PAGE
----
Thursday, March 29, 2012

A QHY8Pro on a Newton with ASA reducer on a Losmandy G11 guided by a Lodestar camera

 This new astrophotographic system consists of a:
 This telescope belongs to a friend.

Monday, March 26, 2012

Venus, Jupiter and the Moon

 Image 1: Venus, Jupiter and the Moon after the sunset
 Image 2: Venus, Jupiter and the Moon (zoomed)

Both photos are taken on March 25th, 2012

Tuesday, March 20, 2012

M53 & NGC5053 in Coma Berenices

Do you own a small telescope? If you do, take it out in the garden and point it towards the Coma Berenices constellation. The brightest star you will detect in this constellation, Alpha Com, will show you the way to a magnificent object duo. Two globular clusters are twinkling next to each other, in a 2° field of view. The globular cluster M53 (left) is 5000 lights years further away from the Earth than its fainter neighbor NGC5053 (right). Both star clusters are moving apart from each other.

Image 1: a stack of 5 x 15min exposures at f/5.4 and 704mm focal length.

The photo above is also available for download at:

Wednesday, March 07, 2012

TS APO65Q - A faithful friend

This scope is like a faithful friend. It keeps what it promises. The tiny TSAPO65Q 420mm, f/6.5 flat field quadruplet is ideal for traveling, suitable for guiding, and exceptional for deep sky work. Due to its user friendly focal ratio, it is a joy to use.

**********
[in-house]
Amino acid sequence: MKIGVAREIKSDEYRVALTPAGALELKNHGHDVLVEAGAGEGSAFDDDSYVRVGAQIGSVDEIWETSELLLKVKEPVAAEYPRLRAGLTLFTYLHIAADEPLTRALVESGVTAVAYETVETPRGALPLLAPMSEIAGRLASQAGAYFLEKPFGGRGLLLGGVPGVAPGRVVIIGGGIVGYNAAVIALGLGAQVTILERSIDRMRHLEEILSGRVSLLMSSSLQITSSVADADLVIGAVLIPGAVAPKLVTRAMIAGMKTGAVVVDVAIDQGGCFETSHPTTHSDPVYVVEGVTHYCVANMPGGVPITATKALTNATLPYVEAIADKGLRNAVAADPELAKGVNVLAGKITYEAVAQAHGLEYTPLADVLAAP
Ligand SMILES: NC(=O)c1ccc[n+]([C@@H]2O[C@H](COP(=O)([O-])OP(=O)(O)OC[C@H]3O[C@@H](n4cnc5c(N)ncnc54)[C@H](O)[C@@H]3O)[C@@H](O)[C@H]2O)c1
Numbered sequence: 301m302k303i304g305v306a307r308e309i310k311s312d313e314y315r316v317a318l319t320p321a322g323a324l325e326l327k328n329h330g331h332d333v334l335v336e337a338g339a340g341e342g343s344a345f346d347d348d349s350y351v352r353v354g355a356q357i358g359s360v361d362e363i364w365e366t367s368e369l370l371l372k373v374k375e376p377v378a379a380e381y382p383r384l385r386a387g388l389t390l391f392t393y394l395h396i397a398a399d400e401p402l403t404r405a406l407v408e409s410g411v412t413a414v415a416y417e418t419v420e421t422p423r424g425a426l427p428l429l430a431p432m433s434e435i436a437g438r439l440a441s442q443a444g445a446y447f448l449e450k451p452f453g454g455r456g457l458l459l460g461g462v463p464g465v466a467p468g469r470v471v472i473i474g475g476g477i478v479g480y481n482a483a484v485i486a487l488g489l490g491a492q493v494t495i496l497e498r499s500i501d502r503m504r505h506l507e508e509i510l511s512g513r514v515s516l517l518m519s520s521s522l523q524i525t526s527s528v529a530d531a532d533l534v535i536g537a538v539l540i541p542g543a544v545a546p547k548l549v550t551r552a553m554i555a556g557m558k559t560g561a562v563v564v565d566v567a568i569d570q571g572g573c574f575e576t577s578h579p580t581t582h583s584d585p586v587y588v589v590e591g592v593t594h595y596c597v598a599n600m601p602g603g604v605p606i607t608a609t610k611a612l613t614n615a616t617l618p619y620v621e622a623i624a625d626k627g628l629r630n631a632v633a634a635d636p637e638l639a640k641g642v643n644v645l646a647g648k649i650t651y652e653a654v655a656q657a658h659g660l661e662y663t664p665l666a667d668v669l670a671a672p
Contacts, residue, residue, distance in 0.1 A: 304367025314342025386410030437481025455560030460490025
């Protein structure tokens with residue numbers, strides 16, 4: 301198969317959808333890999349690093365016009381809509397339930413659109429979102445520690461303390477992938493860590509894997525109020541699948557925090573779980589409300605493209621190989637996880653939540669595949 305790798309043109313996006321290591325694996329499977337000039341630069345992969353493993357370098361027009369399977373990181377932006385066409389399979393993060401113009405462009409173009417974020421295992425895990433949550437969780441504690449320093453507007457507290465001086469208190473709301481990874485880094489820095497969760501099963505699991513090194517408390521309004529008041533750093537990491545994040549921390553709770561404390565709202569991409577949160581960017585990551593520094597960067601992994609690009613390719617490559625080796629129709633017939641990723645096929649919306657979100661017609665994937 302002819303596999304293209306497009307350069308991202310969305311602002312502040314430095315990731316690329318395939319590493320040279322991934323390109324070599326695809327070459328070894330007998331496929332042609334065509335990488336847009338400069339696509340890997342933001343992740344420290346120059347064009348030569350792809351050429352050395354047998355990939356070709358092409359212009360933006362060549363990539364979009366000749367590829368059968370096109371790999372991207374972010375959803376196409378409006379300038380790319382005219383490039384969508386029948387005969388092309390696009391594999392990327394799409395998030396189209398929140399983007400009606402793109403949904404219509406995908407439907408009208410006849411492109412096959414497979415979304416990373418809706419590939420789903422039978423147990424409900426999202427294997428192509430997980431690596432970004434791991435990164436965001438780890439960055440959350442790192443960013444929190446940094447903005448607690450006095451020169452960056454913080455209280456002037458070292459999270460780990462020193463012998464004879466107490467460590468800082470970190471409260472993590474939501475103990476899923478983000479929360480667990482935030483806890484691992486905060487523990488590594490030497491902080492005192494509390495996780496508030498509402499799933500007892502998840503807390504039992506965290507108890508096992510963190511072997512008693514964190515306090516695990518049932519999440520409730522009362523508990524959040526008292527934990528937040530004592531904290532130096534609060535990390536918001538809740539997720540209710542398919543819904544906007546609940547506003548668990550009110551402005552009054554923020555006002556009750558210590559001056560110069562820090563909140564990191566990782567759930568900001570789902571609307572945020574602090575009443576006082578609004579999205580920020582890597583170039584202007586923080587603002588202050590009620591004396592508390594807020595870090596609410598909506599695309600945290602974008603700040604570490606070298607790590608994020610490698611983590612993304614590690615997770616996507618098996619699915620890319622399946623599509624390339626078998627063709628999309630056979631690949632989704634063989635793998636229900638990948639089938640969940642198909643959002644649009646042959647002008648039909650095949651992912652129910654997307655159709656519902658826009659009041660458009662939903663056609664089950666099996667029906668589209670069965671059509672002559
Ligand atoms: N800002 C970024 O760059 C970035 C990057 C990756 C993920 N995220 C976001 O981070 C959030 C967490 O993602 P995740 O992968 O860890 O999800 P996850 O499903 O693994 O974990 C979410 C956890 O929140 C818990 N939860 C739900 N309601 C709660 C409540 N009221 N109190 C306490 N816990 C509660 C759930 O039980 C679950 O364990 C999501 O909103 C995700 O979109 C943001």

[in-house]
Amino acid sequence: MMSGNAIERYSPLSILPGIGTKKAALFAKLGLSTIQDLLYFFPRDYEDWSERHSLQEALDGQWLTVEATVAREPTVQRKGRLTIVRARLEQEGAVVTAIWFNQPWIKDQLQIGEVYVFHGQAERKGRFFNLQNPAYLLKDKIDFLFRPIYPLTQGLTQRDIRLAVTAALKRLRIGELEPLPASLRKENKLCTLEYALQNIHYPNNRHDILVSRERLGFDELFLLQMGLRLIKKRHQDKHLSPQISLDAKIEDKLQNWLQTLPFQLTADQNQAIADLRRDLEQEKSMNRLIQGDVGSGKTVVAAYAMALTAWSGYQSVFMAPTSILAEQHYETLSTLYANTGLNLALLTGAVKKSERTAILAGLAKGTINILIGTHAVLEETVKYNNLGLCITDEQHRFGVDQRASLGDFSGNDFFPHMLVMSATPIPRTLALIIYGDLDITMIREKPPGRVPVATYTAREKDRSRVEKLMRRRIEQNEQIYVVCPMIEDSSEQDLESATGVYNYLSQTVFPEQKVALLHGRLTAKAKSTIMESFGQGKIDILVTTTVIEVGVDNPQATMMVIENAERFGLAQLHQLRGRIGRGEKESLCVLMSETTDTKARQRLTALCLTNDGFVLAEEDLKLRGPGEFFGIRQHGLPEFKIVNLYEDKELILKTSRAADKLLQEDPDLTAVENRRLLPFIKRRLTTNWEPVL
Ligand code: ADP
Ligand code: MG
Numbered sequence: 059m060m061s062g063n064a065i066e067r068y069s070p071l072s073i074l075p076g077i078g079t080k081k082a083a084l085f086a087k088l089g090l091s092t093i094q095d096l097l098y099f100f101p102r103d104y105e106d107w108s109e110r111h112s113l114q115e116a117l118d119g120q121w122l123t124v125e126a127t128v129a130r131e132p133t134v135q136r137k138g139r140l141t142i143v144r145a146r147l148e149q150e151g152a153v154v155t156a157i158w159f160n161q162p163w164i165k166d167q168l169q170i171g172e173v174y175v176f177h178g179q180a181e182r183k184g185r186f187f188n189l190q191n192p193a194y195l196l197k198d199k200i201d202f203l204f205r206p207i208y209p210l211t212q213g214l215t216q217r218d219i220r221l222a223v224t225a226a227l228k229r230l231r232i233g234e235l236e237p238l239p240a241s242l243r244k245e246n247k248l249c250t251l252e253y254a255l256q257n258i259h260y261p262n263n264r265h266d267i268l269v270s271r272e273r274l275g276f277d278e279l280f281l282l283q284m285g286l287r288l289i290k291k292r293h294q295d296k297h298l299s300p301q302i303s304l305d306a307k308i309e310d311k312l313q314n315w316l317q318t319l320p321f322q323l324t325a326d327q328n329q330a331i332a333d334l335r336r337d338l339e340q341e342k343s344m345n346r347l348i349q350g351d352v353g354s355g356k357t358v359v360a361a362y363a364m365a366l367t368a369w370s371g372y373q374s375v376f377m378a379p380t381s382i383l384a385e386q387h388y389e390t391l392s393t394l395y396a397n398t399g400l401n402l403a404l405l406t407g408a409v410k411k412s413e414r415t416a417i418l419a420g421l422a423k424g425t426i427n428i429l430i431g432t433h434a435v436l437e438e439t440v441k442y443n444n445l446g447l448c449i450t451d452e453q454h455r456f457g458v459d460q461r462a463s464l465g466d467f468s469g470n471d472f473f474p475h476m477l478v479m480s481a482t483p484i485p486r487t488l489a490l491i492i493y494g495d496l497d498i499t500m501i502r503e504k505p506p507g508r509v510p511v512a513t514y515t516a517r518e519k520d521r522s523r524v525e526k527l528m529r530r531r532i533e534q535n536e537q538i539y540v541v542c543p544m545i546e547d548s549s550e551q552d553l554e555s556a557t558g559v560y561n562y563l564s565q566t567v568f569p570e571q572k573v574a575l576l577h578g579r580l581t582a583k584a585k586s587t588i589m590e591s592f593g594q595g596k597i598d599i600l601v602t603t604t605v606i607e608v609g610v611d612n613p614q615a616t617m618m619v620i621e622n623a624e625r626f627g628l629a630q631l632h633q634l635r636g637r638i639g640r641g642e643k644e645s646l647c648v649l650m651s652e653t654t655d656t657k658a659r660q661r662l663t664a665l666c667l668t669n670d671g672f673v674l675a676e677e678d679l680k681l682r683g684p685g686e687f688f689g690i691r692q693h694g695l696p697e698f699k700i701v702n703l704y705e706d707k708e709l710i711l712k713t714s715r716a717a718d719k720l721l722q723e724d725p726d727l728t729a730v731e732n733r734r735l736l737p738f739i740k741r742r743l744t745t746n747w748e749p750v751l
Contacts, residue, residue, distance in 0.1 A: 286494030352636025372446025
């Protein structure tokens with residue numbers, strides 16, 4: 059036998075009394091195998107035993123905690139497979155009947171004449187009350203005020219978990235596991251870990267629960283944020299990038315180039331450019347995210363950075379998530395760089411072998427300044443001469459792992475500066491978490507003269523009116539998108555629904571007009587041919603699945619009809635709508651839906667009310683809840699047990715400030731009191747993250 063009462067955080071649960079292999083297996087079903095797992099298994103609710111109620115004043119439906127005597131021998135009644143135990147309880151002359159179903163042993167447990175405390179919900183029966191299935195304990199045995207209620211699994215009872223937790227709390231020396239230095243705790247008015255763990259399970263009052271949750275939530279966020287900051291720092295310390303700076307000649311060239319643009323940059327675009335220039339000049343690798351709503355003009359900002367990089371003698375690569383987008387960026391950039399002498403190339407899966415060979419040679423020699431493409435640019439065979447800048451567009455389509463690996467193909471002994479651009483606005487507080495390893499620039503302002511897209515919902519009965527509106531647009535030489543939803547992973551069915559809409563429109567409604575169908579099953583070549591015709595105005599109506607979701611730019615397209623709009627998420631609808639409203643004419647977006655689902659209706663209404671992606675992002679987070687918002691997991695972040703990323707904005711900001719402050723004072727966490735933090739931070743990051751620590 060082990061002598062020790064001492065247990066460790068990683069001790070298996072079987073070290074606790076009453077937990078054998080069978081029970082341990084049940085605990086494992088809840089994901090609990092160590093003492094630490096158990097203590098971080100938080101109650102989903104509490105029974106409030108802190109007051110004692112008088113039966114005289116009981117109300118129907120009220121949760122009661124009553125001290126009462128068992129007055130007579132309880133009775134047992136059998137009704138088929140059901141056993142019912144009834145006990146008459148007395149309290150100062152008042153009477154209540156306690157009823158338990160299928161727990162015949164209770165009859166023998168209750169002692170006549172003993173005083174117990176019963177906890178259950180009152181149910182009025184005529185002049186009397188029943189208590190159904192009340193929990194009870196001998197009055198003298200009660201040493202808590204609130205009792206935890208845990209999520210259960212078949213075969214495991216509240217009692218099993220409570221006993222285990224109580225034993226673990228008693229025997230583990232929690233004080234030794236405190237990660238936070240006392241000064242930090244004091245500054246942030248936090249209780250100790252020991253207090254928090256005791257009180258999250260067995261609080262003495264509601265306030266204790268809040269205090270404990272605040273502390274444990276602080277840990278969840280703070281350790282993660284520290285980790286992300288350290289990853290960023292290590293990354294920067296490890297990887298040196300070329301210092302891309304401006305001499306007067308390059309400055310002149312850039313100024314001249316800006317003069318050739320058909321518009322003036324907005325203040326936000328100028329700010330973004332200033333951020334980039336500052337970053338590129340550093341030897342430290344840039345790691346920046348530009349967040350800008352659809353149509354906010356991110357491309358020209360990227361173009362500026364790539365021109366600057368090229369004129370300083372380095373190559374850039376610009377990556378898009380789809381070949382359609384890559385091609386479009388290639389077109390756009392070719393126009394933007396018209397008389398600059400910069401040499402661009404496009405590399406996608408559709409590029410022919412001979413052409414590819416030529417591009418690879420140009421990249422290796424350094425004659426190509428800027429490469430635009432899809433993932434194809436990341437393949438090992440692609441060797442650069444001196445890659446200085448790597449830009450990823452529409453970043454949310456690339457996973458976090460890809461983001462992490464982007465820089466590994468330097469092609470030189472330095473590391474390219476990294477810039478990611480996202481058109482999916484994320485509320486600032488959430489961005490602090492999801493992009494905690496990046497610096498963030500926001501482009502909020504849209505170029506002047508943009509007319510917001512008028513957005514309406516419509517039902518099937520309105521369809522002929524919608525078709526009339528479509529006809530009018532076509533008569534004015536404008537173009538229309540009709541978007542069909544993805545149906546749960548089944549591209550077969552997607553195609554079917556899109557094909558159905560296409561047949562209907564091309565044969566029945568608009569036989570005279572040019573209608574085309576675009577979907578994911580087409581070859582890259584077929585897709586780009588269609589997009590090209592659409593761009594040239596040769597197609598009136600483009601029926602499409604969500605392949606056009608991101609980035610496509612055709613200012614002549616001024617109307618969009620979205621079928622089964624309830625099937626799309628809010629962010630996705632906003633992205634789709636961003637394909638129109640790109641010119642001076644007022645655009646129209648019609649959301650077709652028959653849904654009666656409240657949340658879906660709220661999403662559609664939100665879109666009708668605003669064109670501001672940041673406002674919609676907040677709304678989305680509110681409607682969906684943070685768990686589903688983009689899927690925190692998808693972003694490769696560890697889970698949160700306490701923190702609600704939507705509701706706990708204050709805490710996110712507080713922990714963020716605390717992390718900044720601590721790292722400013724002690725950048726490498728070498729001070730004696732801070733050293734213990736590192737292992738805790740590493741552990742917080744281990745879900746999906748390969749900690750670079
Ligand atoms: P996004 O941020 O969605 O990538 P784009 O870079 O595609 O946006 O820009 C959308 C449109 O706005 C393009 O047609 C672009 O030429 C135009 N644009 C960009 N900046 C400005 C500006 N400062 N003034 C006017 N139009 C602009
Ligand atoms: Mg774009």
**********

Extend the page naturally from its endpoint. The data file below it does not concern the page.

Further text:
Photo 1: The TS APO65Q telescope

Telescopes like this one are called "Geheimtipp" in Germany. This high quality quadruplet is capable to carry heavy camera trains and to maintain flatness till the edges of an APS sensor, commonly used in DSLR cameras. This portable scope is also suitable for visual observations of the Moon or the Sun*. More photos of it are available here. It belongs to a friend of mine.
*Warning: a Baader astrosolar filter is mandatory in that case. 

Friday, March 02, 2012

The Sun as might be observed from Mars ;-)

Photo 1: Single exposure of the Sun

Photo 2: Mars some days after its opposition in 2012

Two days before the opposition of Mars, the Sun floats in space showing few spots towards the Earth and of course the Mars.
Photo 3: Seven stacked exposures

A hypothetical observer on Mars would see exactly the same side of the Sun like we do on Earth! That means he would see our neighbor star exactly as shown above, only a bit smaller.
Photo 4: Seven stacked exposures with false colors

The Sun has a diameter of 109 times that of Earth. [Source:wikipedia]

All photos are also available for download here.